DDR-JUSTIZ UND NS-VERBRECHEN
nazi crimes on trial
(east-german trials)

introduction

To date, there exists no reliable overview of the criminal proceedings involving National Socialist homicidal crimes as conducted by the East German judiciary in the former Soviet occupational zone and - as of 1949 - in the former German Democratic Republic. The only survey we possess is the one published by the GDR in 1965 (Die Haltung beider deutschen Staaten zu den Nazi- und Kriegsverbrechen. Berlin, 1965 / The Attitude of both German states towards Nazi Crimes and War Crimes). This publication, however, contains a severely limited selection from the entire body of post-war East German Nazi trials. Of all the criminal proceedings involving NS homicidal crimes more than 80% remain unmentioned. Moreover, the statistics included in the book refer to convictions only. In only one passage (page 27) mention is made of the fact that there were also a substantial number of trials which ended with acquittal, dismissal, etc.

But, until today, it largely remains obscure what was actually prosecuted in East Germany and what the priorities of the East German prosecution policies towards NS homicidal crimes were. Equally unclear is a precise answer to the questions what kind of legal viewpoints were applied in the approximately 1600 judgments which addressed NS homicidal crimes, or how the appreciation of evidence looked like, and what the results of the trial proceedings were. As in West Germany, jurisprudence with regard to NS homicidal crimes - particularly of the lower courts - was only rarely published in East German legal journals and collections of court decisions.

An attempt, made at the end of the 1960s, to publish the East German trial decisions together with the West German ones in the "Justiz und Verbrechen" series failed, as the GDR authorities were not in favor of the idea (probably because of the joint publication with the West German judgments).

Only in the beginning of the 1990s therefore, were we able to start our search for the relevant proceedings and to begin collecting the court judgments. By now, we've been able to identify 933 trial proceedings concerning NS homicidal crimes, involving 1716 court judgments relating to a total of 1637 defendants.

The basis for our research consisted of a variety of sources, including both published and unpublished documentation, such as non-public surveys, reports and studies of government agencies, judicial records, references in East and West German judgments to East German trials. Also, we were able to make use of the expert knowledge of a number of former employees of the East German judiciary.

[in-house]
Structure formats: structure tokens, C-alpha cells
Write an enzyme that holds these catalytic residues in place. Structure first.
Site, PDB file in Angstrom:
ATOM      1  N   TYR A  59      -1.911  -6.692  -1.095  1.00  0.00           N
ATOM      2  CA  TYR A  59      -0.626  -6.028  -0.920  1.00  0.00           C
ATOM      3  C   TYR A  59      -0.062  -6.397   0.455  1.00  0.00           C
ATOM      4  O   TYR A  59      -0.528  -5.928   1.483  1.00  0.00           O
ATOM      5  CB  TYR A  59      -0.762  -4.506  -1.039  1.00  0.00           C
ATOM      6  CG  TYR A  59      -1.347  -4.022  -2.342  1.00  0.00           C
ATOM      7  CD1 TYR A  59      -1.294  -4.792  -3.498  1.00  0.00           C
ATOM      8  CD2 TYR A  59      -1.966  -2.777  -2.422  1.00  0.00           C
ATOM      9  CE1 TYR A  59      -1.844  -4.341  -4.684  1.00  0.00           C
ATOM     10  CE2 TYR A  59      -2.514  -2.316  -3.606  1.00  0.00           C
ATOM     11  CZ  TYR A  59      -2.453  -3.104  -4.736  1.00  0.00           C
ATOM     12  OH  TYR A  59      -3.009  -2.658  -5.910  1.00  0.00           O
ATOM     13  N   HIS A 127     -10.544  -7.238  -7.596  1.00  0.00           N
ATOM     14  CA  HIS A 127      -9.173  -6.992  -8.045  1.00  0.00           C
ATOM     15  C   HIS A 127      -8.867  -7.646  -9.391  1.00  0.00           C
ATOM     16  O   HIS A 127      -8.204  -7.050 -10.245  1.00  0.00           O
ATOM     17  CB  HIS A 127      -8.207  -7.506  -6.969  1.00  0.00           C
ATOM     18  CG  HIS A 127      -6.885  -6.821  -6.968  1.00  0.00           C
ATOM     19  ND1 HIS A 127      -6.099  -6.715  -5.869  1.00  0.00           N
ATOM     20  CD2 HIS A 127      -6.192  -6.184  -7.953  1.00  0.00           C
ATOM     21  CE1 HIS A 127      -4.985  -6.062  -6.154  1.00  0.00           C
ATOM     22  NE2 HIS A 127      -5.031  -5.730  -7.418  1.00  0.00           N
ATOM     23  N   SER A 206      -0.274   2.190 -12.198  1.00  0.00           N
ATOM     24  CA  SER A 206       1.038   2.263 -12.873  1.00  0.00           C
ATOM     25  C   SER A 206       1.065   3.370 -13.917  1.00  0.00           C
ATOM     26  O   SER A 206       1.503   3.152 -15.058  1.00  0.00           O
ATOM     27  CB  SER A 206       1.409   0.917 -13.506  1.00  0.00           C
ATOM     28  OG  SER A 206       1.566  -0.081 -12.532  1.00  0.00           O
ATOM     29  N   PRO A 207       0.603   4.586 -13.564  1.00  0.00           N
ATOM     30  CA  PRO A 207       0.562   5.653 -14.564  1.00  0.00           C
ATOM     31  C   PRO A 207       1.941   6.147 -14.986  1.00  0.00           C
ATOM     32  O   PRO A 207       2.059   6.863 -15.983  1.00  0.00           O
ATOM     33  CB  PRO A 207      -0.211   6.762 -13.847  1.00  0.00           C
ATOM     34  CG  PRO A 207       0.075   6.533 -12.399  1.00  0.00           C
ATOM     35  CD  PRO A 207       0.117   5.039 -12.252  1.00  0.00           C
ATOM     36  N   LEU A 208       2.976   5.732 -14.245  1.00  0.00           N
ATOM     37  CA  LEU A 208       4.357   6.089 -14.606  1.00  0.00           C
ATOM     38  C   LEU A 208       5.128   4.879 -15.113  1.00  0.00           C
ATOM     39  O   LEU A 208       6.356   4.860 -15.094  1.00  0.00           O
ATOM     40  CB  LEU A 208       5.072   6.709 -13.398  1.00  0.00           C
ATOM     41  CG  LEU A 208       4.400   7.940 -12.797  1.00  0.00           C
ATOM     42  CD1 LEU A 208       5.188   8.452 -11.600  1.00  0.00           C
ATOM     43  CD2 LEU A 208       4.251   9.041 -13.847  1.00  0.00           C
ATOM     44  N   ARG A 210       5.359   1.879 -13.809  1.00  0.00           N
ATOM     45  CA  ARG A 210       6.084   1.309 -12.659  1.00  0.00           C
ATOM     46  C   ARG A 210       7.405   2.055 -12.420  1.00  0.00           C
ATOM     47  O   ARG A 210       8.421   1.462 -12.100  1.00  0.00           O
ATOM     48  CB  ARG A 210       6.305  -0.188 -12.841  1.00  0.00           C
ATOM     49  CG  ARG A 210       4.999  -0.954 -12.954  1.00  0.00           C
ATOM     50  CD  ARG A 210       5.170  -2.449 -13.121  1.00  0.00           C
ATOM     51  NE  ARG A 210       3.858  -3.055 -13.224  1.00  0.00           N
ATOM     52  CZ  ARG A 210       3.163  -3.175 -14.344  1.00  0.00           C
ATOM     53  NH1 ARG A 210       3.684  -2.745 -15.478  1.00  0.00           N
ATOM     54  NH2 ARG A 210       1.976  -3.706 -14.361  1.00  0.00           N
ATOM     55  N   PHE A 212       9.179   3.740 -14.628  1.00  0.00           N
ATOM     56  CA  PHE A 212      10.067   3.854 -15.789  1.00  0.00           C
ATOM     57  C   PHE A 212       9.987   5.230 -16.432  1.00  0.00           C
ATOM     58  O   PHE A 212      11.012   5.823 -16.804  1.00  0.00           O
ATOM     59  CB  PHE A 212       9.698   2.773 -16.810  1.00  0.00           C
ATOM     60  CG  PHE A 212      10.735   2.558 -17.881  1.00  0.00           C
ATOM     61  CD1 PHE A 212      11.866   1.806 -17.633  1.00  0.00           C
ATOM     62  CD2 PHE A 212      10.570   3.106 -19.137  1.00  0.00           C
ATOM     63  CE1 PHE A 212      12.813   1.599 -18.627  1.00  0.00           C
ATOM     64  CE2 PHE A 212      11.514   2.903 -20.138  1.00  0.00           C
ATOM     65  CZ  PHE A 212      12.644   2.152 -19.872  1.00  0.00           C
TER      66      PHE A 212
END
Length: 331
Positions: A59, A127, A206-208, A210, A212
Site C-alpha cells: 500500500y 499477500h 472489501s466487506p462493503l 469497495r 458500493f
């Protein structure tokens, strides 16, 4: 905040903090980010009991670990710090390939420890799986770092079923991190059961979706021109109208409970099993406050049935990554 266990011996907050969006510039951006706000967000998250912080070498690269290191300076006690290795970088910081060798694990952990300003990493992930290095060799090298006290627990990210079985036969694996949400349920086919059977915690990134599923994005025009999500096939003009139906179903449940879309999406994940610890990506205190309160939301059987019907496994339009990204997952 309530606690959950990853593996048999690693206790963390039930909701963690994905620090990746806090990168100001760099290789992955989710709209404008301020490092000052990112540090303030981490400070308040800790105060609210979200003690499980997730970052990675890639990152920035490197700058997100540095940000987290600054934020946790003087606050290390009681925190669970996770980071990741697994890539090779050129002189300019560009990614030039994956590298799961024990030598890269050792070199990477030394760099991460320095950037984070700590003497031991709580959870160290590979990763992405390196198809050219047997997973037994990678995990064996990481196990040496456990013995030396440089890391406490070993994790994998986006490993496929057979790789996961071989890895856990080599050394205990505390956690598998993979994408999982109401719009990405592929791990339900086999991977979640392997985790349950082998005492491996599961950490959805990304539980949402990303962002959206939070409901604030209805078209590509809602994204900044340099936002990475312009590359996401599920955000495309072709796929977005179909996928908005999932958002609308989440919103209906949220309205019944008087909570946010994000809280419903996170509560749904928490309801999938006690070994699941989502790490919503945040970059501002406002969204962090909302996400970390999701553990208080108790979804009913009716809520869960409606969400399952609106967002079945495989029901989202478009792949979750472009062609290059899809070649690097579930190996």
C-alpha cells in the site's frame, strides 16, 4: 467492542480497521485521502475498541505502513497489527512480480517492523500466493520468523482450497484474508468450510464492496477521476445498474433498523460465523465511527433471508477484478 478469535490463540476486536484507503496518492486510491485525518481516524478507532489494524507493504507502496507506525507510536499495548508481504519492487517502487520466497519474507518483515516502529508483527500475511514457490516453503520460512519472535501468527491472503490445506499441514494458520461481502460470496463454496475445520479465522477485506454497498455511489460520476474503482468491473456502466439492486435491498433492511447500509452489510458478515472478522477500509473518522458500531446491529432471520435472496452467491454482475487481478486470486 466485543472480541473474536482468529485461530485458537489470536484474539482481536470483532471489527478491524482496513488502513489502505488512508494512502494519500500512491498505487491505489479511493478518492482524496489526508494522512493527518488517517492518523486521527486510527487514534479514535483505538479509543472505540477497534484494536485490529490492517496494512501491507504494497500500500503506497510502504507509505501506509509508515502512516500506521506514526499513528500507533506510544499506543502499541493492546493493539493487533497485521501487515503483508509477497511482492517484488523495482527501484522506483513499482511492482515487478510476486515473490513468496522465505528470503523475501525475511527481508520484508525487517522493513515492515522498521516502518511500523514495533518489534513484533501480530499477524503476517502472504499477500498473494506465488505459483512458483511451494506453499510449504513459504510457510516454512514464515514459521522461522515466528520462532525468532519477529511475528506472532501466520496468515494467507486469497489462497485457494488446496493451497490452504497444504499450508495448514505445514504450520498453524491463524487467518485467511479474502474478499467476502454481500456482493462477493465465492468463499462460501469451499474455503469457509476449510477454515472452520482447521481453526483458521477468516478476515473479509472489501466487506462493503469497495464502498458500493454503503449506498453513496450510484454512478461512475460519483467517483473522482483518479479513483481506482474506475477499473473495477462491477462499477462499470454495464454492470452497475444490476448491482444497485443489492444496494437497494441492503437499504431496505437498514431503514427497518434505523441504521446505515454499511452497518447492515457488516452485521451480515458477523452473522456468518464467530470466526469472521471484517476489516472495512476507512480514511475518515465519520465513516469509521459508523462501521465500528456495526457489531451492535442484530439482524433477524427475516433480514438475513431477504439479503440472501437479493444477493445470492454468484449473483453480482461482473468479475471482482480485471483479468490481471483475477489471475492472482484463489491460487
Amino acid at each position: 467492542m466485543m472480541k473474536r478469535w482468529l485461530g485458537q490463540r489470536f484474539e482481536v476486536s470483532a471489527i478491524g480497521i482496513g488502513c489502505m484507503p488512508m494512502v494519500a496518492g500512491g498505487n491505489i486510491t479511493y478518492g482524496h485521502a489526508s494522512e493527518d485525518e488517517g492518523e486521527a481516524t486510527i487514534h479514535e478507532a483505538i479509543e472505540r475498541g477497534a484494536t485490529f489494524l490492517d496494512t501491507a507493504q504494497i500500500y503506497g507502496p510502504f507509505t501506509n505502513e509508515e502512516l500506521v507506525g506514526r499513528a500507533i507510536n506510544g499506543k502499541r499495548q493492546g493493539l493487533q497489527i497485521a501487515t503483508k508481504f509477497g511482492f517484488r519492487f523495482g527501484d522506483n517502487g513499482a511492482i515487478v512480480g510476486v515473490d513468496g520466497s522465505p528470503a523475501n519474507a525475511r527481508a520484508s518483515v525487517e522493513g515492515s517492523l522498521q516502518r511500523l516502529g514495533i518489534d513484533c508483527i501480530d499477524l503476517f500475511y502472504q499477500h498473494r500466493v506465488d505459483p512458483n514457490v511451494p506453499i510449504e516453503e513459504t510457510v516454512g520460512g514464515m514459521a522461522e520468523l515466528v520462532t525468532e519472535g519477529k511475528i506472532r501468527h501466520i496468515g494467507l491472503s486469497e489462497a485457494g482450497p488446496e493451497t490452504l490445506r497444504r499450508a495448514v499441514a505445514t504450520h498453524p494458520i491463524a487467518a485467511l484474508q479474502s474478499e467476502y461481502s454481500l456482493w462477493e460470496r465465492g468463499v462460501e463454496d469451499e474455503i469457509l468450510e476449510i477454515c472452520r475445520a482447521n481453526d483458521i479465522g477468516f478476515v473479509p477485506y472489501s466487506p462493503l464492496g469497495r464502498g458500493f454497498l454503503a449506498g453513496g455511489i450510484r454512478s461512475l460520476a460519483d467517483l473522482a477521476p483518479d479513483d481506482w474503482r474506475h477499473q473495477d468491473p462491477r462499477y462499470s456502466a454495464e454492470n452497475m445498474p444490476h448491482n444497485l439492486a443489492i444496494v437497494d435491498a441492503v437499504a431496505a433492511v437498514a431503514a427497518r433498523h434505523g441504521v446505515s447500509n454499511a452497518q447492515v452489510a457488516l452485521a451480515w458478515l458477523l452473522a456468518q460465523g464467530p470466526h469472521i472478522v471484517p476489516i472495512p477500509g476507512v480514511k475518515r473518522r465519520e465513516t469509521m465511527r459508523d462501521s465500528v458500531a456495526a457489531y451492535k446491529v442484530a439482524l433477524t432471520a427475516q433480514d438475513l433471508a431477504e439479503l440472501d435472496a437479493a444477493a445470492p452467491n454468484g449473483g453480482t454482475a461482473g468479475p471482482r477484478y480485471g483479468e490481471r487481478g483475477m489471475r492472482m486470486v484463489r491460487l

Most of these sources had serious limitations, however.

First of all, in general, the documents mention only a fraction of the proceedings. Even in the central card-index of the Chief State Attorney of the GDR more than 60 cases concerning NS homicidal crimes are missing, among them the famous so-called Puttfarken case (Cf. Radbruch, "Gesetzliches Unrecht und übergesetzliches Recht", SJZ 1946 p.105 and following), as well as 23 other cases, 14 of which ended with life sentences while 9 resulted in a death sentence.

Secondly, all document sources limit their - more or less correct - registration to the final judgment. References to decisions of appeal courts such as the District Courts of Appeal or the Supreme Court of the GDR are nearly always lacking. This also applies to earlier judgments passed by district courts (Land- bzw. Bezirksgerichte) in the same case, but subsequently annulled - either in part or in whole - by the appeal courts.

And, finally, it turned out that the content descriptions of the cases - if given at all - were often lacking in precision or even plainly wrong.

In order to establish the exact chronology of the proceedings, final judgments, appeal decisions and - if appropriate - previous trial verdicts had to be searched for in no less than 40 former East German archives.

This search was complicated by the fact that the former East German Ministry for State Security (Ministerium für Staatssicherheit or MfS) had, over time, taken into its custody a substantial number of these judicial records. In one respect, this had the great advantage that these records had been carefully kept and had escaped destruction. However, as the MfS had transformed these judicial records into state security records for its own purposes, it had destroyed the original - i.e. judicial - registration. Thus, instead of cataloging these records by the name of the court, the date of judgment and its corresponding file number - i.e. according to standard judicial registration rules - the MfS had re-registered these files by listing only the names of the defendants. This made it impossible to easily identify the relevant judgments.

This explains why our search for the trials and the corresponding records took such a long time. By now, however, we have collected over 90% of all trial judgments, which were identified in the course of our investigations. On this web-site, you will - ultimately - find a complete and systematic (translated) description of each of these cases.

The trial judgments themselves are published in the series 'DDR-Justiz und NS-Verbrechen'.

If you have any questions, please don't hesitate to contact us.